Now back to the issue, I was trying to eject the disk I am keep getting this error: “Windows is unable to stop the device” or “This device is currently in use”.

See the source image
See the source image

I freaking closed all the programs/windows, even killed explorer.exe from Task Manager. I tried logged out and logged back in.

If you run into this issue, I have a fix for you. Thank me later.

  1. Open Disk Management console (either run diskmgmt.msc in Run dialog – Windows Key + R, OR Right click on Start Menu and choose Disk Management).
  2. Find your disk in Disk Management console. Right click on the disk and choose Eject.

If you don’t see Eject, you may see “Offline” option. Then choose Offline, then remove the disk. Next time you connect this disk, you have to go to back to Disk Management and make it Online.

Tip- Disable/Enable web cam at will by PowerShell

Here is the one-line code to enable or disable the web cam when you want. Here is how it works.

I wrote a one line code and save it as a PowerShell (.ps1) file. Created a batch file to call the PowerShell script files to enable or disable the web cam.


Open PowerShell and type (or copy/paste). This will display all of your Camera device(s).

Get-PnpDevice | ? {$PSItem.Class -eq 'Camera'} | fl FriendlyName,InstanceId
Here is the example:
E:> Get-PnpDevice | ? {$PSItem.Class -eq 'Camera'} | fl FriendlyName,InstanceId
 FriendlyName : Integrated Camera
 InstanceId   : USB\VID_04CA&PID_703C&MI_00\7&36726615&0&0000
 FriendlyName : S-YUE 8MP USB Camera
 InstanceId   : USB\VID_0BDA&PID_5075&MI_00\8&3E5D74C&0&0000

Now note down the Instance ID of the current camera (copy it to the clipboard).

Creating the PowerShell and Batch files

Disable Script

  1. PowerShell script file

Type the command below in a Notepad/Editor and replace the InstanceID you noted down above.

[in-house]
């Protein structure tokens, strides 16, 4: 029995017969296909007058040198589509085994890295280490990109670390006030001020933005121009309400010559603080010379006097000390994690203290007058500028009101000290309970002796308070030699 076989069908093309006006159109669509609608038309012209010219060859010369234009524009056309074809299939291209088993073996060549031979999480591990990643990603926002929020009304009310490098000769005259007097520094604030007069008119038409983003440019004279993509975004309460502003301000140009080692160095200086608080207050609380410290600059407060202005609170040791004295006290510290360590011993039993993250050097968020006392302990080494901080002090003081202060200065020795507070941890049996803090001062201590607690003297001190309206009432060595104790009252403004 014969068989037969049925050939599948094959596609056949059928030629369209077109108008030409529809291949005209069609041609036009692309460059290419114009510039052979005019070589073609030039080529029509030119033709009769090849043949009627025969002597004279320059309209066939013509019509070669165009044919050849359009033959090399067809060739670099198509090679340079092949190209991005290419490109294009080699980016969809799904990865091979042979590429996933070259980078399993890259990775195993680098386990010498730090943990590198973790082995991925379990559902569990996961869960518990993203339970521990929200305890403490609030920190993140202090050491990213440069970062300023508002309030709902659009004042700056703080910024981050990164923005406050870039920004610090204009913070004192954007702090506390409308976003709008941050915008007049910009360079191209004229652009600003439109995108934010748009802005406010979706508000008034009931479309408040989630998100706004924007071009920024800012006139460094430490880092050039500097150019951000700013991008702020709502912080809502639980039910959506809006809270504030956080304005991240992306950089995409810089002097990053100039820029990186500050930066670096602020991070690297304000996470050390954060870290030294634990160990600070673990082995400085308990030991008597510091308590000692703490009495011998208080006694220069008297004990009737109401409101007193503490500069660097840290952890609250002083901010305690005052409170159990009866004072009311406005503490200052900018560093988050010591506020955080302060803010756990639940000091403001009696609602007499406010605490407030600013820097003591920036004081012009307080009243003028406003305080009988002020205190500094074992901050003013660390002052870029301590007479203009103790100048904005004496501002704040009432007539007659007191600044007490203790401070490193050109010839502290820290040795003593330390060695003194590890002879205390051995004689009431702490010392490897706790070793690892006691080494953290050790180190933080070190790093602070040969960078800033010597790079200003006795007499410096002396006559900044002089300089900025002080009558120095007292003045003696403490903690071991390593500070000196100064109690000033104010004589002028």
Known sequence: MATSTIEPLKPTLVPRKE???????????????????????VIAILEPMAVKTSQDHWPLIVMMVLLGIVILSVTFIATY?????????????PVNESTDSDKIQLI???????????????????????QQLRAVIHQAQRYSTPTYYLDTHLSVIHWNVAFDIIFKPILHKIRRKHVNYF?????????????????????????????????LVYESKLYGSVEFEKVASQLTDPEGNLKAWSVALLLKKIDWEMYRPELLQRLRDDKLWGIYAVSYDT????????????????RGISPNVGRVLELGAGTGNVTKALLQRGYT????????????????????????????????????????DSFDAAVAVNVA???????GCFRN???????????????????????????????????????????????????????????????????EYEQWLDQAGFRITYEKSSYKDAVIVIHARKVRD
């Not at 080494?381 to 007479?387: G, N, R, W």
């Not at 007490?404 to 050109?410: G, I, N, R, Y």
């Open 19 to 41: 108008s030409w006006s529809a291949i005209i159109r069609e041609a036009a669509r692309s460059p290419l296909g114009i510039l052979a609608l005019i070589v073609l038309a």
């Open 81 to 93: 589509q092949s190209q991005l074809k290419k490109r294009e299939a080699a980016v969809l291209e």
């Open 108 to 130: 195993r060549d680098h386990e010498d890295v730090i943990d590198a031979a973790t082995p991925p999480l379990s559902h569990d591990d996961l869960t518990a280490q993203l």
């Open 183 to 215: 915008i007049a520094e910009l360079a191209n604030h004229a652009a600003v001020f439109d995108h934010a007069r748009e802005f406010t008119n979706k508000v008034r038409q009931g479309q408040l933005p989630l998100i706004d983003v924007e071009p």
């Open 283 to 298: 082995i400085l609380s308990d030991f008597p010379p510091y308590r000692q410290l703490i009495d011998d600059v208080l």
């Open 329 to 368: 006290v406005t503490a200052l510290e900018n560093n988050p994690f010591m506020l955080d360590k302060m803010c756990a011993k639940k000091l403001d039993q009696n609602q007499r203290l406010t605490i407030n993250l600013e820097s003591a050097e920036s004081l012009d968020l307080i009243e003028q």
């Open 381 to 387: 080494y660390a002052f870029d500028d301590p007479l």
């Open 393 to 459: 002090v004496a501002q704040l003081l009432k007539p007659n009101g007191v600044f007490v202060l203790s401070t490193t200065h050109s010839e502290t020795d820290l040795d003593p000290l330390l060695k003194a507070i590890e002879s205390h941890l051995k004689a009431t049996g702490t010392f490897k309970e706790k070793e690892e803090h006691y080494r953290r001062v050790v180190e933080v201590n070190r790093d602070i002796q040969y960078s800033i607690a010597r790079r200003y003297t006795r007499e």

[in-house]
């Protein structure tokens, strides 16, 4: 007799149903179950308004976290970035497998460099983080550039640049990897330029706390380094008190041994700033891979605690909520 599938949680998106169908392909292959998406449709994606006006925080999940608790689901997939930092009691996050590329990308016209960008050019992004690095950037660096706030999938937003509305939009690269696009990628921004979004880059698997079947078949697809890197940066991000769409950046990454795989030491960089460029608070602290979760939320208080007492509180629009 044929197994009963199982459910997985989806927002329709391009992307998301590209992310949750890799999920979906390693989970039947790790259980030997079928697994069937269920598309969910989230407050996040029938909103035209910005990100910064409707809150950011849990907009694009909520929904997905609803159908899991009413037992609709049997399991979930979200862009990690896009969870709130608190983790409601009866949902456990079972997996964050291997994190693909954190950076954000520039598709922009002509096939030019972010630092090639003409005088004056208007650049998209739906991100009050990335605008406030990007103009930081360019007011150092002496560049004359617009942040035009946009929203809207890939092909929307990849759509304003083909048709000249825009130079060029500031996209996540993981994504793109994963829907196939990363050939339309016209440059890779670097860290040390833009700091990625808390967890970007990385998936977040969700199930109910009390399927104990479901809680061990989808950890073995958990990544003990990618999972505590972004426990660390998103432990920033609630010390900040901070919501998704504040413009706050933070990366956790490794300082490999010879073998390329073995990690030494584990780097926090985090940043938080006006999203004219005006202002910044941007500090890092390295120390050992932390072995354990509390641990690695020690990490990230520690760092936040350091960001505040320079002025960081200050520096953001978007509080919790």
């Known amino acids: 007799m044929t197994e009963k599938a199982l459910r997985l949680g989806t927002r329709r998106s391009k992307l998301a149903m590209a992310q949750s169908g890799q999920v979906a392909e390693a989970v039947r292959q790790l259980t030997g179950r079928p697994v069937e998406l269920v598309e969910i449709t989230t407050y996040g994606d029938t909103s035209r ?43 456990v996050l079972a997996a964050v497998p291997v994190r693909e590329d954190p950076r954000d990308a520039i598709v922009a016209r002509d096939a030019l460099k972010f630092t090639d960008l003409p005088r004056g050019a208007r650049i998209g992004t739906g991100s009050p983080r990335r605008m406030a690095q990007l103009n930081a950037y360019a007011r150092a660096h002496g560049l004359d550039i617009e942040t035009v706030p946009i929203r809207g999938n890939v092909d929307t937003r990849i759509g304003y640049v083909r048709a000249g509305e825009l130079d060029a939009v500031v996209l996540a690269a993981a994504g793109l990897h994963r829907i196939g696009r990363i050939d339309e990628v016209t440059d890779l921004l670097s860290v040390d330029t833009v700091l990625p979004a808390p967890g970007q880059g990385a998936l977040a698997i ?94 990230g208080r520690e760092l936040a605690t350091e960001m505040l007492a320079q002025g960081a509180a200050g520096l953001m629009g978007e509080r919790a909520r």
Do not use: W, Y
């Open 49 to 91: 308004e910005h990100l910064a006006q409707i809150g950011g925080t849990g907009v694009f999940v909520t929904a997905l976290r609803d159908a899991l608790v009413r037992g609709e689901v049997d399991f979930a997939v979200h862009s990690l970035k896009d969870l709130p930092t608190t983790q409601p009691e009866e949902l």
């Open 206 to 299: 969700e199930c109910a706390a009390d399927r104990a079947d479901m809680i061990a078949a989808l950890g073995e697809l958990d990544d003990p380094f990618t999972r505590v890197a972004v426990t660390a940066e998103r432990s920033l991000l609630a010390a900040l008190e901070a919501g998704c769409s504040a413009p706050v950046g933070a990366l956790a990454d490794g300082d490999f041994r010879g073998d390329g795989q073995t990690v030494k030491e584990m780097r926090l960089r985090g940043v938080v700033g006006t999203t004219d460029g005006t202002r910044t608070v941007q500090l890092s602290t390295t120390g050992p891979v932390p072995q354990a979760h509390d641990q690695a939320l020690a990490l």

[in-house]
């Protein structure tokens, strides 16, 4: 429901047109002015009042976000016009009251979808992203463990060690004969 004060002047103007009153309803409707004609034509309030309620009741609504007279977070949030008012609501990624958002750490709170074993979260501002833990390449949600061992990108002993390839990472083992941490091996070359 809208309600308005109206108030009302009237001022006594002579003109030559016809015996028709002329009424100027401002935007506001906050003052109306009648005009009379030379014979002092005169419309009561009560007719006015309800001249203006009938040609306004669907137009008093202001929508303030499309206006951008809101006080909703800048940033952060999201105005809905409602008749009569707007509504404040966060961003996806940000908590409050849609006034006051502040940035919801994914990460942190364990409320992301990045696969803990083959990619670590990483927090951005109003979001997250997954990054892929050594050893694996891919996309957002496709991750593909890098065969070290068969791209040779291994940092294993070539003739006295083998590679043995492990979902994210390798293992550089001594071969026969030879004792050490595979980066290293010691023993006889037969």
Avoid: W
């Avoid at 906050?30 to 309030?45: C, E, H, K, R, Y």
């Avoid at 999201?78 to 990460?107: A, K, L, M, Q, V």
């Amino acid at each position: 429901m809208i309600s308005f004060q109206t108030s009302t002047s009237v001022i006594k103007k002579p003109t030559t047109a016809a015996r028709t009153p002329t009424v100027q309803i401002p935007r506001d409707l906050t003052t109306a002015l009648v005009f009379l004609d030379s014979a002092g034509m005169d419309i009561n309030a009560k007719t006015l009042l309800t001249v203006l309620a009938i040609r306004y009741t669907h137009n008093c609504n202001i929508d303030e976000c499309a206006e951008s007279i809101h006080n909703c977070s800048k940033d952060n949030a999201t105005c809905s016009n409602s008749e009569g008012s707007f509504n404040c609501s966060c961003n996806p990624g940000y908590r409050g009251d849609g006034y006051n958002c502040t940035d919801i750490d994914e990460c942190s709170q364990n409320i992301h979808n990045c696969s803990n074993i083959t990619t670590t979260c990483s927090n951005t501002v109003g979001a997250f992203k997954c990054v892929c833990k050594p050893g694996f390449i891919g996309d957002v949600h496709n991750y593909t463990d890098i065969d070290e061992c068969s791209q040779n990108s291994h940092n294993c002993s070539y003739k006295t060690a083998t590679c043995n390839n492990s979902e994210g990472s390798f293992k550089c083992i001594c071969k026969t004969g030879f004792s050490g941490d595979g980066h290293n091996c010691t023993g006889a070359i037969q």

Disable-PnpDevice -InstanceId 'USB\VID_0BDA&PID_5075&MI_00\8&3E5D74C&0&0000' -Confirm:$false

Save the file as Disable-Camera.ps1.

2. Batch file

Type the command below in a Notepad/Editor and replace the path of your Powershell Scirpt file. Save the file as Disable-Camera.bat

PowerShell.exe -Command "C:\Temp\Disable-Camera.ps1"

Enable Script

  1. PowerShell script file

Type the command below in a Notepad/Editor and replace the InstanceID you noted down above.

Enable-PnpDevice -InstanceId 'USB\VID_0BDA&PID_5075&MI_00\8&3E5D74C&0&0000' -Confirm:$false

Save the file as Enable-Camera.ps1.

2. Batch file

Type the command below in a Notepad/Editor and replace the path of your Powershell Scirpt file. Save the file as Enable-Camera.bat

PowerShell.exe -Command "C:\Temp\Enable-Camera.ps1"

How to use it?

Here are my created files:

I made the shortcut for the Batch file on my desktop. When I needed, I right-click on the shortcut icons, select Run as Administrator.

To enable or disable the device, script has to run in elevated PowerShell. That’s why you have to run the shortcut Run as Administrator.

Better yet, I use Circle Dock to quickly launch programs. So I created two new icons for it.